‘It gets more and more humiliating every time I survive.’
After Wilbur, of the film ‘Wilbur Wants to Kill Himself,’ utters these words to his brother, he becomes his roommate and thus begins an interesting and comedic adventure of adjusting to life and finding love and happiness.
The first English-language film from acclaimed award-winning director Lone Scherfig, ‘Wilbur Wants to Kills Himself’ is described by Scherfig as a showcase of the choice between life and death. This is most obvious in the title and the actions of the title character, but the movie also aims to demonstrate deeper themes of how to live one’s life. In Wilbur’s case, suicide seems less about escaping life and more about being obsessed with his own odd desire to kill himself. And of course, Wilbur’s chosen method is different every time.
When Wilbur (Jamie Sives) moves in with Harbour (Adrian Rawlins) after a suicide attempt following their father’s death, Harbour begins a search for a woman for his surprisingly stable younger brother. After more suicide attempts on Wilbur’s part and Harbour’s marriage to his bookstore regular Alice (Shirley Henderson), Harbour’s home/bookstore holds one big happy family that also includes Alice’s young daughter Mary (Lisa McKinlay).
On Mary’s 9th birthday, Harbour collapses in a supermarket and learns he is terminally ill with pancreatic cancer, which he keeps from his brother and his wife. The makeshift family acquires further complications as Wilbur develops feelings for Alice and they begin a seemingly unintentional affair (Wilbur even tries having a girlfriend in order to distract himself). Despite his efforts, Wilbur is suddenly happier than ever with Alice, who, while very much in love with Harbour, doesn’t want to lose either him or Wilbur.
‘Wilbur Wants to Kill Himself’ aims to contrast worlds of optimism and pessimism in two brothers with very different outlooks on life. Wilbur is somehow convinced that he doesn’t deserve life, while Harbour makes constant efforts to prove otherwise. Alice serves as an interesting point of conjunction, coming first to Harbour’s bookstore and then coming directly into his and Wilbur’s lives.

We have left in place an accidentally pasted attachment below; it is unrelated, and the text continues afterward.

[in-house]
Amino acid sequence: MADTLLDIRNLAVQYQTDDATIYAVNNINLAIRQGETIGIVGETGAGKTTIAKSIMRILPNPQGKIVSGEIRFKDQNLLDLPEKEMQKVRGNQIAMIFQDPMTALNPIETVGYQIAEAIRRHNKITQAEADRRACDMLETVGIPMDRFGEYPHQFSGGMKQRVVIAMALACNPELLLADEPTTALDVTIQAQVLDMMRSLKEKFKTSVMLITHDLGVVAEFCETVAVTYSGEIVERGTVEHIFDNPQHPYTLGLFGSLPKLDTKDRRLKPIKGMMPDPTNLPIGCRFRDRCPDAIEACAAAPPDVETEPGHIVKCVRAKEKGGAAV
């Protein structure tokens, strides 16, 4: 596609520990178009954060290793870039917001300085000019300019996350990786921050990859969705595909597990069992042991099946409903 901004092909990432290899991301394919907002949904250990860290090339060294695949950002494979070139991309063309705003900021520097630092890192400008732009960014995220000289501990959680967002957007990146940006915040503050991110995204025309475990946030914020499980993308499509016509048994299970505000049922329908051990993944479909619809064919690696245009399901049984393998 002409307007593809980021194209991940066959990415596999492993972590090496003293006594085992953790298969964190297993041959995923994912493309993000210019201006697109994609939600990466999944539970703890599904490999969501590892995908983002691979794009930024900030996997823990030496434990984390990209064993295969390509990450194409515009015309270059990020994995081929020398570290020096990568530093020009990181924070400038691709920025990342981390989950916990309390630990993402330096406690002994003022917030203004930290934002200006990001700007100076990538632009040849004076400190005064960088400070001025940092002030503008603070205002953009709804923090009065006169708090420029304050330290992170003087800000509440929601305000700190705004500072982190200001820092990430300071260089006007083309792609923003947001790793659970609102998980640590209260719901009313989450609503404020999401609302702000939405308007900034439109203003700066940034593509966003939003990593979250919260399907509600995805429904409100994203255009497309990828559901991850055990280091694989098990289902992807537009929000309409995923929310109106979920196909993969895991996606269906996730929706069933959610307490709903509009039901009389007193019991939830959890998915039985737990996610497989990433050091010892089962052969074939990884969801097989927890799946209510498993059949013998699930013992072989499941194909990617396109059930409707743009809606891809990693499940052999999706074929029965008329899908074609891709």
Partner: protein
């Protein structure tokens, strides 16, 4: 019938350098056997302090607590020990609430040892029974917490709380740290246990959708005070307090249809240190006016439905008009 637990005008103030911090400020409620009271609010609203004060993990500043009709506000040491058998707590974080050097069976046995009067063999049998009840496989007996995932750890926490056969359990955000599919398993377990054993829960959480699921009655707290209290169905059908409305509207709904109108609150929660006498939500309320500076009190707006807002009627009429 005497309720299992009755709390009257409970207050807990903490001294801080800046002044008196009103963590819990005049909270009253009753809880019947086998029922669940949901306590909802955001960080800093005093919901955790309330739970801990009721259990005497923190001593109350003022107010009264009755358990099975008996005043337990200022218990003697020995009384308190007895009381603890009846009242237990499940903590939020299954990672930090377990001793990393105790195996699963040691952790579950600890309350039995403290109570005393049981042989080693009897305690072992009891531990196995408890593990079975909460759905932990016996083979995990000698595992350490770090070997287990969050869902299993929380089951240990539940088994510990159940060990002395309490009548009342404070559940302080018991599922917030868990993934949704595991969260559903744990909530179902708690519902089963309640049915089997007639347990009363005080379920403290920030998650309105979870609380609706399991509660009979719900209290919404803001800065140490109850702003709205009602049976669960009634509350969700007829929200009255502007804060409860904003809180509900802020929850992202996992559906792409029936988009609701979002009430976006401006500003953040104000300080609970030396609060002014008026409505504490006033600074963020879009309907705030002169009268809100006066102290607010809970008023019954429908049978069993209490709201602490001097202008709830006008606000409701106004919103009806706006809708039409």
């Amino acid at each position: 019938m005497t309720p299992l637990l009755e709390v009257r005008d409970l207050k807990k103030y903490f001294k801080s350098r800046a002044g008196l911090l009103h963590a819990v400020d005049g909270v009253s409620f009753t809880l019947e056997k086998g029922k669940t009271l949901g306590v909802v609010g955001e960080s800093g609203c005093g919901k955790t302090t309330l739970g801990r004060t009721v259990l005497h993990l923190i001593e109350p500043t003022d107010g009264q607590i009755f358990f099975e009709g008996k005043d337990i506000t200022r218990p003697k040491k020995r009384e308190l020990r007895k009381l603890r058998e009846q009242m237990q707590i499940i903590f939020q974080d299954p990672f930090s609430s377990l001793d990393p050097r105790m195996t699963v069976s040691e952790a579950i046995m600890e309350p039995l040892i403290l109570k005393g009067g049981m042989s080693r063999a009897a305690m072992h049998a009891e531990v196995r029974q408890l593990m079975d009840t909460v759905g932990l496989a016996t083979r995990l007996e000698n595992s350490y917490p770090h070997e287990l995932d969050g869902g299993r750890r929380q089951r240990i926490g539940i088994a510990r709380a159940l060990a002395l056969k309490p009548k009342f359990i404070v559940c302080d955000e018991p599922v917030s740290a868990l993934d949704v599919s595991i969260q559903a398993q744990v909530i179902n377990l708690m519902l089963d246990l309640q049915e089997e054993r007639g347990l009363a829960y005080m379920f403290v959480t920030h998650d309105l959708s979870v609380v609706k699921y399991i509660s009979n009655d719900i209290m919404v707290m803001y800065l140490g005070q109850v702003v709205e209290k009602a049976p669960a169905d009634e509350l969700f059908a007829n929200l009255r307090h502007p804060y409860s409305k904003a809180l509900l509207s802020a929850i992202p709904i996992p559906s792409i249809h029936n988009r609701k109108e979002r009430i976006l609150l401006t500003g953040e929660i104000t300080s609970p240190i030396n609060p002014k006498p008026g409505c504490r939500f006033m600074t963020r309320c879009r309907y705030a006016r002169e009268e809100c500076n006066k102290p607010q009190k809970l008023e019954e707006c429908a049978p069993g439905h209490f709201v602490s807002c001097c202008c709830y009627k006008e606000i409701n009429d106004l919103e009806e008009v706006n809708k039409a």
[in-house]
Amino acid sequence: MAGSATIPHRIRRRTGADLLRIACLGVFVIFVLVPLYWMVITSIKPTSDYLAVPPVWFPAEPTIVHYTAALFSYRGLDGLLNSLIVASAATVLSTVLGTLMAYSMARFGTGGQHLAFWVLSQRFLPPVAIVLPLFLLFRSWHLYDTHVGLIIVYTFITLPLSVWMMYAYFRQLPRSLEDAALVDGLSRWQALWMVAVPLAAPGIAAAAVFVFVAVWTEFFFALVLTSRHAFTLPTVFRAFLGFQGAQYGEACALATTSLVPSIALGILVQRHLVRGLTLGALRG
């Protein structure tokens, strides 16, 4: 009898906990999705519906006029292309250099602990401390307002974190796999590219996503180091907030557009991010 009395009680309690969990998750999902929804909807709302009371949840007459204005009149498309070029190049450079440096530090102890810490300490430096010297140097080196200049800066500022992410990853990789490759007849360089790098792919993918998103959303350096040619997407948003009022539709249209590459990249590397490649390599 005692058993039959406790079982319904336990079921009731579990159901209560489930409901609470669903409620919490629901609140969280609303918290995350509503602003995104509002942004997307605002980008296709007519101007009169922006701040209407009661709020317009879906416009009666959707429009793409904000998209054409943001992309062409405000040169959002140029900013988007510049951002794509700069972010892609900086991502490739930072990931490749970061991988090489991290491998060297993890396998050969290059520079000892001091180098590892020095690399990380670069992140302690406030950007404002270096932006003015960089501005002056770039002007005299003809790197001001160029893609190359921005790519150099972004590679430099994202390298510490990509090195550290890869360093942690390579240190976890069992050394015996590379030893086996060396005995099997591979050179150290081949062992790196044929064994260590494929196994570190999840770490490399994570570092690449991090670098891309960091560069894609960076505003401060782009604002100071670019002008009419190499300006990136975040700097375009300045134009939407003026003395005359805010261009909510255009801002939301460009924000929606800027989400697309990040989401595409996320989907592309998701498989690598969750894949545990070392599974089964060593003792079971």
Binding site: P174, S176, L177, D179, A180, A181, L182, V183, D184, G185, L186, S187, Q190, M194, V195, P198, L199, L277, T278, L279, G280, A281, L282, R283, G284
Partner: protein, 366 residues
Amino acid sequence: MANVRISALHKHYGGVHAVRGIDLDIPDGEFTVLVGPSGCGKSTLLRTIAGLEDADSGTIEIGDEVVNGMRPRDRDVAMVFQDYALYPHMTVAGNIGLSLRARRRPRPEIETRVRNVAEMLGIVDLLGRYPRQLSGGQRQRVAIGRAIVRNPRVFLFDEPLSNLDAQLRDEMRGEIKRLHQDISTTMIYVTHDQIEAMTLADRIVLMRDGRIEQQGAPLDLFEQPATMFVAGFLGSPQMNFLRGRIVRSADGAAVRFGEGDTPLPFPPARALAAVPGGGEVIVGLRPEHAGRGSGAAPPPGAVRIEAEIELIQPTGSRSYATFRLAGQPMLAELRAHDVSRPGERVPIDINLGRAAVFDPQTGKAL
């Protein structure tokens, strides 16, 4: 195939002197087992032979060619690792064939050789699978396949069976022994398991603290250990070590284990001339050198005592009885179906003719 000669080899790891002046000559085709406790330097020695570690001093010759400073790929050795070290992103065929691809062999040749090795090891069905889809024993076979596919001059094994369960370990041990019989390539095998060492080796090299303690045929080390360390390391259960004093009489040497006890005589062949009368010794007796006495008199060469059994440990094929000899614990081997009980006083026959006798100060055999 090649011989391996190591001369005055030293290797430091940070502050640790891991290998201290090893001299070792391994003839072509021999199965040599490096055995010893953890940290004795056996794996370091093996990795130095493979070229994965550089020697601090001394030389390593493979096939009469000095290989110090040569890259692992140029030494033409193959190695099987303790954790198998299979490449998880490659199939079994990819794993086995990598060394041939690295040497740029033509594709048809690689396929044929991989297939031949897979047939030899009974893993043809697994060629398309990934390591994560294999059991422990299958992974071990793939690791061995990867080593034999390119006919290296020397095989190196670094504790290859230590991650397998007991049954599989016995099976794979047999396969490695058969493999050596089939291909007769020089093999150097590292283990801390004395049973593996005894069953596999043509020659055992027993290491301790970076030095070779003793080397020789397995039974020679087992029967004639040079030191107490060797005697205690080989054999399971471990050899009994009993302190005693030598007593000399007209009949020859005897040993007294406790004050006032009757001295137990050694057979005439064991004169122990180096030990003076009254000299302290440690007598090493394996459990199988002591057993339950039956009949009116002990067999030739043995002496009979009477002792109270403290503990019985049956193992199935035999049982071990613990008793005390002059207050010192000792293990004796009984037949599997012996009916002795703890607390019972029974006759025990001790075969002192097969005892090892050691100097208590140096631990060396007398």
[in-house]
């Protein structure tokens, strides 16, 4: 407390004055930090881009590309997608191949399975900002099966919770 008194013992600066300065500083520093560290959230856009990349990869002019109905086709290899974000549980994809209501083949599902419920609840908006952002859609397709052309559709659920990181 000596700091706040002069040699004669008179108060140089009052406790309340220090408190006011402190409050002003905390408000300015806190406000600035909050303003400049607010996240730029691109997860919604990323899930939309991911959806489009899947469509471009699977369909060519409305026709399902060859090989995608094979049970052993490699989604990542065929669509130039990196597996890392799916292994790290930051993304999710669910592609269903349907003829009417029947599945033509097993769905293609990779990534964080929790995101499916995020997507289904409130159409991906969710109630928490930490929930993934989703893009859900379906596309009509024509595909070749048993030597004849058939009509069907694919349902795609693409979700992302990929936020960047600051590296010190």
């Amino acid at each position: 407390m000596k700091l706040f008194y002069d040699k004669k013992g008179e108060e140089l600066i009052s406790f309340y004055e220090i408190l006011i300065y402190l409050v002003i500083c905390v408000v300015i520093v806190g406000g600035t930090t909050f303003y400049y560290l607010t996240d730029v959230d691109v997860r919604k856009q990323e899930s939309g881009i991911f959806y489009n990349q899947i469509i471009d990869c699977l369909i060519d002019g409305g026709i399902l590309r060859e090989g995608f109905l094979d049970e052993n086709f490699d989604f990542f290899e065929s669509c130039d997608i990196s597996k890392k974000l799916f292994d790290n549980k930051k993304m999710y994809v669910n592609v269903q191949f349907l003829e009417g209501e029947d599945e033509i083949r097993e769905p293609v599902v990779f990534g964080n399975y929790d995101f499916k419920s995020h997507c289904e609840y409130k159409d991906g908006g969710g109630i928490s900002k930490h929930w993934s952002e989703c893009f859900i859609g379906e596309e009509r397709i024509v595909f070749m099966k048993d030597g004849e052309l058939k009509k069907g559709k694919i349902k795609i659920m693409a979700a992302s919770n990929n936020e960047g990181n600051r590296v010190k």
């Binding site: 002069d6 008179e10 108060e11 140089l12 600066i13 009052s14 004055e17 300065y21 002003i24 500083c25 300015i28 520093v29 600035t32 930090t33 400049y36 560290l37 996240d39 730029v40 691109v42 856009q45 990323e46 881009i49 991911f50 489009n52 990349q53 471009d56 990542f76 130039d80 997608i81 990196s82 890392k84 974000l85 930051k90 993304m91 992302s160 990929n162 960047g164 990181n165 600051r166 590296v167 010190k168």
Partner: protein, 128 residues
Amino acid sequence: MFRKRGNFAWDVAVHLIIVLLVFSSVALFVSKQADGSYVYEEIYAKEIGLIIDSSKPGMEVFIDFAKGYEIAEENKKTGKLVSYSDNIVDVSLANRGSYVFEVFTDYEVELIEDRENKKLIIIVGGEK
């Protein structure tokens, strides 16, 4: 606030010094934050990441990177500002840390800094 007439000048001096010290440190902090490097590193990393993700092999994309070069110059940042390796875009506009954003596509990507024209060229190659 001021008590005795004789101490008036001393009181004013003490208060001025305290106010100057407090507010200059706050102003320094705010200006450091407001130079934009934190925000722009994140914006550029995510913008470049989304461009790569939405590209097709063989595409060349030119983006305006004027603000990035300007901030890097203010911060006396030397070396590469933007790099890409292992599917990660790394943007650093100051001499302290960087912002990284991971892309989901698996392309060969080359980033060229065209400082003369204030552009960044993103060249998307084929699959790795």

Furthermore, all three main characters have a significant connection to the hospital: It was Alice’s previous place of employment and her means for finding out about Harbour’s bookstore in the first place. It was also the site of Wilbur’s suicide therapy group and finally became Harbour’s haven during his illness.
Such themes add penetrable depth to the lives of these three characters and blur the otherwise obvious lines between choosing life or death, especially in Wilbur’s case. Wilbur adopts a much stronger sense of responsibility, although still lacking most of the expected accompanying maturity, and eases up on his suicide attempts in the process of taking care of Alice and Mary in Harbour’s absence.
The acting is well-executed, as Sives, Rawlins and Henderson are all very true to the personalities of their characters. Alice is quiet and altogether innocent despite her adultery, and Henderson’s petite frame and feminine mannerisms were a perfect template for her shy, kind character. Rawlins, despite his illness, is always the upbeat, optimistic older brother trying to ‘fix’ his younger, seemingly inexperienced brother Wilbur, whose fascination with suicide belies his unpreparedness for the true consequences of death.
Cinematography and costume design is gentle and uncomplicated; it is what should be expected of a film of this genre. The ease of transition from character to character and scene to scene frees the audience to absorb the material of the storyline without being distracted by experimentation typical of more artistically daring features. The musical score softens the film, smoothing what might otherwise be jagged edges and therefore earning the title of ‘icing on the cake.’
‘Wilbur Wants to Kill Himself,’ while bearing a title the director regrets for fear of no one wanting to see it, is a tasteful, unoffending look at the lives of three people just trying to get by in an atypical but not unusual fashion. There does not appear to be a struggle between or within characters as similar plot lines before it might suggest. Instead, Wilbur, Harbour and Alice just want the simplest kind of happiness; they just exercise different angles of approach, and when these different personalities convene under one roof, the results are witty, melancholy, charming and warm.
‘Wilbur Wants to Kill Himself’ will available to rent on April 19.
Filed Under: A & E